COVID-19 – Updates on Payroll Related Information
This article is to highlight changes to the COVID-19 Payroll information that we originally published on the 23/03/2020 – see COVID 19 – Payroll Related, Coronavirus Information.
As this is a rapidly changing area we advise you to revisit this article on a regular basis to keep up to date with the information in it and the related linked articles from Government, Revenue and Sage.
To assist you with this, we have highlighted below the most recent updates that we think are important.
Wage Subsidy Scheme
Introduction of the “Employment Wage Support Scheme” (EWSS) – July 2020
The Employment Wage Support Scheme (EWSS) was announced on the 23rd of July 2020. it replaces the Temporary Wage Subsidy Scheme (TWSS) from the 1st of September 2020 and is expected to be in place until the 31st of March 2021. Both schemes will run in parallel until the end of August 2020 when the TWSS ends. The main features are:
- Employers can qualify if they can demonstrate that turnover or orders reduced by 30% or more between 01/07/2020 and 31/12/2020 compared to the same period in 2019 and that this was due to disruption caused by COVID-19.
- Employers must review this qualification each month to ensure eligibility.
- There are exclusions for certain categories of employers.
- Administered by Revenue on a “self-assessment” basis.
- Subsidy support levels:
- Gross weekly wage less than €151.50 = Nil
- Gross weekly wage from €151.50 to €2202.99 = €151.50
- Gross weekly wage from €203 to €1,462 = €203
- Gross weekly wage over €1462 = Nil
Sage has released an update to their Payroll software to support this, for more details, see our article –> Processing the Employment Wage Subsidy Scheme (EWSS) in Sage Payroll
You can also get more information from Revenue here –> https://www.revenue.ie/en/corporate/communications/covid19/employment-wage-subsidy-scheme.aspx
April 2020 Updates
Since the Revenue first issued their guide on their “Temporary Wage Subsidy Scheme” on the 26th March 2020, they have continued to add sections to it to bring clarity to certain topics. Queries to them via phone or ‘My Enquiries’ shine a light on certain topics which may need more detail, so it’s likely that they may continue to add clarity/detail to more topics in the near future. Since its original version, it has had 4 revisions.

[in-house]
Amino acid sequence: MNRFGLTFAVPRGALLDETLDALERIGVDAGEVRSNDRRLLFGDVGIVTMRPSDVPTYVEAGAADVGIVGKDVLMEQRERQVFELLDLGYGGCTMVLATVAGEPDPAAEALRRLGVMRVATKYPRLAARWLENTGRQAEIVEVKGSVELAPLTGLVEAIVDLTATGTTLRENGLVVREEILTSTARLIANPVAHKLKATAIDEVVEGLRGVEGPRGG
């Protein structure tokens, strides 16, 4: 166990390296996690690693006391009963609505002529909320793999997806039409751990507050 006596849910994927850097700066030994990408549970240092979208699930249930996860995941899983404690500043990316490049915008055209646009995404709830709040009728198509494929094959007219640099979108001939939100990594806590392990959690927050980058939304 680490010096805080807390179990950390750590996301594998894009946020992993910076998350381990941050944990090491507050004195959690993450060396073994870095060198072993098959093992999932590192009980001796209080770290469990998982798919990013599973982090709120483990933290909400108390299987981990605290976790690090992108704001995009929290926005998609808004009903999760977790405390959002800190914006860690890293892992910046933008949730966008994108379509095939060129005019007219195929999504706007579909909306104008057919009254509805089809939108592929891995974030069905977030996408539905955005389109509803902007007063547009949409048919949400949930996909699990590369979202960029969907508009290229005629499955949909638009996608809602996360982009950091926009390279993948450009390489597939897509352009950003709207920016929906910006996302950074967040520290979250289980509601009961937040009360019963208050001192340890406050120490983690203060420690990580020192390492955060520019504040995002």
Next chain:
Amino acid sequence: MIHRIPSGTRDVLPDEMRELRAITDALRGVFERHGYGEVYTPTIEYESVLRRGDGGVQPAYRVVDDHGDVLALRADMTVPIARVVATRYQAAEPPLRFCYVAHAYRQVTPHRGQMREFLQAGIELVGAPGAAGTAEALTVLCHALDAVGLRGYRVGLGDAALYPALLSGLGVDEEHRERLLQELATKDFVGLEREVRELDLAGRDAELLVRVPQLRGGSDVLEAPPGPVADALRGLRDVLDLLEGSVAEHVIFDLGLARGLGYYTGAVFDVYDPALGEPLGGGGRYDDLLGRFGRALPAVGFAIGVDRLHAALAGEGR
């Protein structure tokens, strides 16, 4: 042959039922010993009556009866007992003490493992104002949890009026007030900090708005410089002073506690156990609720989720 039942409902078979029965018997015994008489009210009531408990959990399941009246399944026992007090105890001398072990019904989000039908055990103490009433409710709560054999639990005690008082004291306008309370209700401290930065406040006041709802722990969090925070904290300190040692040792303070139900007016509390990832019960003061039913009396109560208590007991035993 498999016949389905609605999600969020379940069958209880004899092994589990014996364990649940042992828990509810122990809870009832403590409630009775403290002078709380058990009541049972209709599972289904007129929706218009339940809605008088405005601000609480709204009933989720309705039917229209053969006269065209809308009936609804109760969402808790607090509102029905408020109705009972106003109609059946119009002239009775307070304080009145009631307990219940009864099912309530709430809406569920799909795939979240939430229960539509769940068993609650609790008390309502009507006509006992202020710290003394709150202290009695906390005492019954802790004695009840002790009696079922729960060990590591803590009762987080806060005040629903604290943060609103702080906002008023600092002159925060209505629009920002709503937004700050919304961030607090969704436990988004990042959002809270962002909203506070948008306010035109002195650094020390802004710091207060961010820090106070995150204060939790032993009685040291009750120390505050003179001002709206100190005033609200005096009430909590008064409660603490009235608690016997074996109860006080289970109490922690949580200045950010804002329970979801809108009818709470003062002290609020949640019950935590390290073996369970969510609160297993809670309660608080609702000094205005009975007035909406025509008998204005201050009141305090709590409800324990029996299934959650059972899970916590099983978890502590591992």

We have supplied the link to Revenues Operational guide at the bottom of this article. We would advise you to save the link, and check back on it on a daily basis, in order to keep yourself up to date with any new particulars.
Below are examples of items which they recently added some clarity.
[Section 1.6 – What is an additional taxable payment under the Temporary Wage Subsidy Scheme?]
“Sometimes referred to as ‘top-up payments’, an employer can choose to make an additional payment to the employee to fully or partially make up the difference between the amount provided by the subsidy scheme and the employee’s Average Net Weekly Pay. Such additional payments, which cannot be regrossed, are regarded as gross pay and liable to Income Tax and USC. If the employer makes an additional payment greater than the difference allowed by the scheme (i.e. the employee receives more than the Average Net Weekly Pay) then the subsidy value refundable to the employer will be reduced by this excess amount when the refund reconciliation is performed by Revenue in due course.”
[4.4.2. Example 2 – Impact of Additional Payment on Subsidy:]
“An employee is paid weekly and has an Average Net Weekly Pay of €550 (A). As the employee’s Average Net Weekly Pay is less than €586, the maximum weekly wage subsidy allowable for this employee is €385 (B), which is 70% of their Average Net Weekly Pay. The maximum additional payment an employer can make, to receive the full subsidy, is €165 (C), being the difference between the employees Average Net Weekly Pay €550 (A) and their maximum weekly wage subsidy €385(B).
In this example, the employer can make an additional payment up to value of €165 (C) and receive the full subsidy (see i below) for this employee, however if the employer’s additional payment exceeds this value then the subsidy must be reduced by the value of the excess (see ii below). This reduction may not be applied automatically by all payroll software packages. Where applicable, Revenue will apply subsidy reduction when calculating the subsidy refund that the employer will receive. In the transitional phase, this will be reflected in the balance payment due to be refunded to Revenue in the future (G).”
[3.11 – Is the wage subsidy taxable on the employee?]
“The payments are liable to income tax; however, the subsidy is not taxable in real-time through the PAYE system during the period of the Subsidy scheme. Instead the employee will be liable for tax on the subsidy amount paid to them by their employer by way of review at the end of the year. When an end of the year review takes place, it may be the case that an employee’s unused tax credits will cover any further liability that may arise. Where this is not the case, and should an Income Tax liability arise, it is normal Revenue practice to collect any tax owing in manageable amounts by reducing an individual’s tax credits for a future year(s) in order to minimise any hardship. Additionally, if an individual has any additional tax credits to claim, for example health expenses, this will also reduce any tax that may be owing.”